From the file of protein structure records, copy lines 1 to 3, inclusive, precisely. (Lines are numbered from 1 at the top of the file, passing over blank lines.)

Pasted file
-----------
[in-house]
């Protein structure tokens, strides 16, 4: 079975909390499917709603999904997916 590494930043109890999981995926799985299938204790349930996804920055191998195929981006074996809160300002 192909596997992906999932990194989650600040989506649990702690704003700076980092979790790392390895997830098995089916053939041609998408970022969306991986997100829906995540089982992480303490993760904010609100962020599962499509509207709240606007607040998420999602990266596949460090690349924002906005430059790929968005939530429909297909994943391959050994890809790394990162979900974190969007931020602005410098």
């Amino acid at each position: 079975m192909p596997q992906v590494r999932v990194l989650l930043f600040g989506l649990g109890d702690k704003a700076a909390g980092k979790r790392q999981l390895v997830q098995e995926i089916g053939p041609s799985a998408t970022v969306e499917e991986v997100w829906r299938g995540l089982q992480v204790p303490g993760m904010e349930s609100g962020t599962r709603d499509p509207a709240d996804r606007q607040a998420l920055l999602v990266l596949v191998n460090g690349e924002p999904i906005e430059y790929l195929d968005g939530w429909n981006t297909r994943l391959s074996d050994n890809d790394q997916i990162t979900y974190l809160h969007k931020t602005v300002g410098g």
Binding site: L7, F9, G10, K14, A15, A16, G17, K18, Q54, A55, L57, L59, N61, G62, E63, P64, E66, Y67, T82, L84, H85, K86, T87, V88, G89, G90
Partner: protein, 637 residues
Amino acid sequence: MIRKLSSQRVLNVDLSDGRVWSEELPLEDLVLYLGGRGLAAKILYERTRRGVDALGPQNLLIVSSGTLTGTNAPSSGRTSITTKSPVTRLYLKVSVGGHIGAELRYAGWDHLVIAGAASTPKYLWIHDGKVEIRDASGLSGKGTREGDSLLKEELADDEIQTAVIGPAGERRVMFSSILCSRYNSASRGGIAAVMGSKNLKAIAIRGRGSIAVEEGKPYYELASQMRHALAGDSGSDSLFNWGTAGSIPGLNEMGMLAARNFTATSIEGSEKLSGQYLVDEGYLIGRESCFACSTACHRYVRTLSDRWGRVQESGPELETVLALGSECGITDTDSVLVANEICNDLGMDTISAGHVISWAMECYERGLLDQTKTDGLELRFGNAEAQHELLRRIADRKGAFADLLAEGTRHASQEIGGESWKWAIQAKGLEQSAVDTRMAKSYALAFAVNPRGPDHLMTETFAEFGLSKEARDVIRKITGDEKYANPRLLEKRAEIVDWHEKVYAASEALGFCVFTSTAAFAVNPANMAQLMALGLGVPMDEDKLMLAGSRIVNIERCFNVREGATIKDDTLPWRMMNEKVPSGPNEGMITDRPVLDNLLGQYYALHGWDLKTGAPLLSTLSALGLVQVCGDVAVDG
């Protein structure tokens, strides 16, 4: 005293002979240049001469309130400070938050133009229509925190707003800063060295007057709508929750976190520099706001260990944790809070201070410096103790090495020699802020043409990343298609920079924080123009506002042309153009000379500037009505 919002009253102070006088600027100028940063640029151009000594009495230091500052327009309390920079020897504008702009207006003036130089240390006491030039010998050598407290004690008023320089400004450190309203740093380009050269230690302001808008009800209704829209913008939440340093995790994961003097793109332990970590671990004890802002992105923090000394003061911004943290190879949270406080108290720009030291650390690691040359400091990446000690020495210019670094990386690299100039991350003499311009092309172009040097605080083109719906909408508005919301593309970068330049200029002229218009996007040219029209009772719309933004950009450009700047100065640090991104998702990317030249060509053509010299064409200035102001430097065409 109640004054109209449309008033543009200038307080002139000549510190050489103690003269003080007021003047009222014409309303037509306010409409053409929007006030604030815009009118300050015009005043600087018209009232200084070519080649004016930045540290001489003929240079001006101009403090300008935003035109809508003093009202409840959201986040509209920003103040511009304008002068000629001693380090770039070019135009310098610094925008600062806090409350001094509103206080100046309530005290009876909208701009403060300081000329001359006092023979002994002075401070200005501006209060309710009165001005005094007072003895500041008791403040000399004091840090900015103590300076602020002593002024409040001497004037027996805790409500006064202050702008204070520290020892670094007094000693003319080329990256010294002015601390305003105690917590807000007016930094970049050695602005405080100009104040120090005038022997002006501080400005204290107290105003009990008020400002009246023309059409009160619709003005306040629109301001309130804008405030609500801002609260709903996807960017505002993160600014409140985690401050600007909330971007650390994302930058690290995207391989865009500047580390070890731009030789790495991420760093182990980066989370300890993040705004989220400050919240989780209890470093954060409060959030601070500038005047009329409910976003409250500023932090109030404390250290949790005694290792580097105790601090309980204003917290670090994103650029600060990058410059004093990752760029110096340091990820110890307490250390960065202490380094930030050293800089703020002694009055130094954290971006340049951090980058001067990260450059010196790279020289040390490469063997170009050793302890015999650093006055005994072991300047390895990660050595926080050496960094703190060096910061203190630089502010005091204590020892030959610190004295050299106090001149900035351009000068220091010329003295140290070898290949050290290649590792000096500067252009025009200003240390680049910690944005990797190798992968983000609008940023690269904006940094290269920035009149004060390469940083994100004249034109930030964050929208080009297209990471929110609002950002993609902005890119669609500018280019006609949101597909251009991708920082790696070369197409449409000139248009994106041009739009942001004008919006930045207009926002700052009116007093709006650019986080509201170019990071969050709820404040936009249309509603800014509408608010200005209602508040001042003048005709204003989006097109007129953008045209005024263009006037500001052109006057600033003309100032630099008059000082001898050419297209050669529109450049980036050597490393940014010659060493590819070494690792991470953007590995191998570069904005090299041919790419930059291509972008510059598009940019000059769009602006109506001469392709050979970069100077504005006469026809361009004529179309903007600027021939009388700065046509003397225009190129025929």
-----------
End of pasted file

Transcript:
[in-house]
């Protein structure tokens, strides 16, 4: 079975909390499917709603999904997916 590494930043109890999981995926799985299938204790349930996804920055191998195929981006074996809160300002 192909596997992906999932990194989650600040989506649990702690704003700076980092979790790392390895997830098995089916053939041609998408970022969306991986997100829906995540089982992480303490993760904010609100962020599962499509509207709240606007607040998420999602990266596949460090690349924002906005430059790929968005939530429909297909994943391959050994890809790394990162979900974190969007931020602005410098």
């Amino acid at each position: 079975m192909p596997q992906v590494r999932v990194l989650l930043f600040g989506l649990g109890d702690k704003a700076a909390g980092k979790r790392q999981l390895v997830q098995e995926i089916g053939p041609s799985a998408t970022v969306e499917e991986v997100w829906r299938g995540l089982q992480v204790p303490g993760m904010e349930s609100g962020t599962r709603d499509p509207a709240d996804r606007q607040a998420l920055l999602v990266l596949v191998n460090g690349e924002p999904i906005e430059y790929l195929d968005g939530w429909n981006t297909r994943l391959s074996d050994n890809d790394q997916i990162t979900y974190l809160h969007k931020t602005v300002g410098g």